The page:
Unbefriended individuals may have experienced homelessness, mental health issues or substance abuse; they may be estranged from their family, have outlived their family or never had a partner or children. Although the unbefriended can be of any age, they’re often older adults.
Unbefriended seniors are the most vulnerable of the most vulnerable — and we need to do more to safeguard their access to basic daily needs, including companionship, and improve their quality of life.
Not much is known about this population, which is why we undertook a study – the first of its kind in Canada – examining the quality of care and quality of life for the unbefriended across seven long-term care homes in Alberta.
Our study found that many of these individuals are low-income, living on limited government-provided pensions. Even though they’re living in long-term care facilities where they have food and shelter, few can afford basic personal care items, such as clothing, lotions or denture adhesive. Similarly, uninsured services, such as dental, hearing and eye and foot care, are beyond their financial means.
Even those who can afford these basics frequently go without these items because they have no one to purchase them on their behalf or arrange for appointments.
Our study found that overworked care aides in long-term care facilities – who often make a basic wage – frequently purchase supplies out of their own pockets to help the unbefriended. One care aide reported buying dental adhesive out of her money so the residents in her care could put in their dentures. Another reported seeing unbefriended seniors in worn and threadbare clothing so they scouted out second-hand clothes for them.
We also found that unbefriended individuals have limited social interaction, especially if they exhibit challenging behaviours due to mental illness or dementia. Little social interaction contributes to a lower quality of life. Those with more financial means could hire a companion for social interaction, but most are unable to afford this luxury or are unable to facilitate hiring someone.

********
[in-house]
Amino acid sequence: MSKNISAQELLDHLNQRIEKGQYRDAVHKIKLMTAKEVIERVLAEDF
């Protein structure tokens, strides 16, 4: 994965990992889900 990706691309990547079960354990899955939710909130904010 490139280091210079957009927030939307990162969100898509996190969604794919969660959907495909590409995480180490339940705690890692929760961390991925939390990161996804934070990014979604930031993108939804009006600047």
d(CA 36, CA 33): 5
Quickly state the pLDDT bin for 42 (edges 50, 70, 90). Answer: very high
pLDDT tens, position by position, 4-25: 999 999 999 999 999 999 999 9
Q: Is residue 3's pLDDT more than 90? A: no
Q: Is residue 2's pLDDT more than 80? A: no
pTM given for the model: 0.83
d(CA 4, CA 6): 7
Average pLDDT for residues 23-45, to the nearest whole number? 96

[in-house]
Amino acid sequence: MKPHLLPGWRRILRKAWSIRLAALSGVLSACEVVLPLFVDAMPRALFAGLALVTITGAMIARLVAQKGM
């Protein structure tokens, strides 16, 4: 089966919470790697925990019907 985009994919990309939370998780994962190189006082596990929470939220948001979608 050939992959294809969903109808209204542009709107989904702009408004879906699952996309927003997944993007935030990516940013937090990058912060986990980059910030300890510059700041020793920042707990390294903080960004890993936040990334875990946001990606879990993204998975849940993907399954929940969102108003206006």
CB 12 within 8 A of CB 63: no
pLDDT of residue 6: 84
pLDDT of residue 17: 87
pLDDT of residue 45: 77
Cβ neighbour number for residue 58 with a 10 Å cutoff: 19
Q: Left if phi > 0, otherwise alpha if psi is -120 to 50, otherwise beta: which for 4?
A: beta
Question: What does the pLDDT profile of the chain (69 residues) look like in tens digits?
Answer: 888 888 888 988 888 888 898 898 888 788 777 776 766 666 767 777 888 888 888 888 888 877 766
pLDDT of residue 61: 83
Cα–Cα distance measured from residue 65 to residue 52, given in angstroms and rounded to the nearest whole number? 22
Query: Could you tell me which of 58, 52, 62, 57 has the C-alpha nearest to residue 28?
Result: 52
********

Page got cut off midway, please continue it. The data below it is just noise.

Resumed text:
In Canada, unbefriended seniors are assigned a government-appointed public guardian to take over decision-making responsibilities on their behalf, such as for their health care and living arrangements.
But public guardians are not care providers or family members. They don’t spend much time with their clients who live in long-term care facilities because they’re deemed safe and housed. Many public guardians carry large caseloads of well over 50 clients. While they’re supposed to visit their clients four times a year, they often struggle to meet this goal.
What can be done to improve the quality of life and access to basic daily living needs for someone deemed unbefriended?
We could expand the public guardian role to include basic living needs beyond food and shelter, such as quality of life markers and social interaction. Alternatively, governments could fund organizations to work alongside public guardians to systematize such services so that no individual is left neglected or forgotten, or relying on the charity of care aides.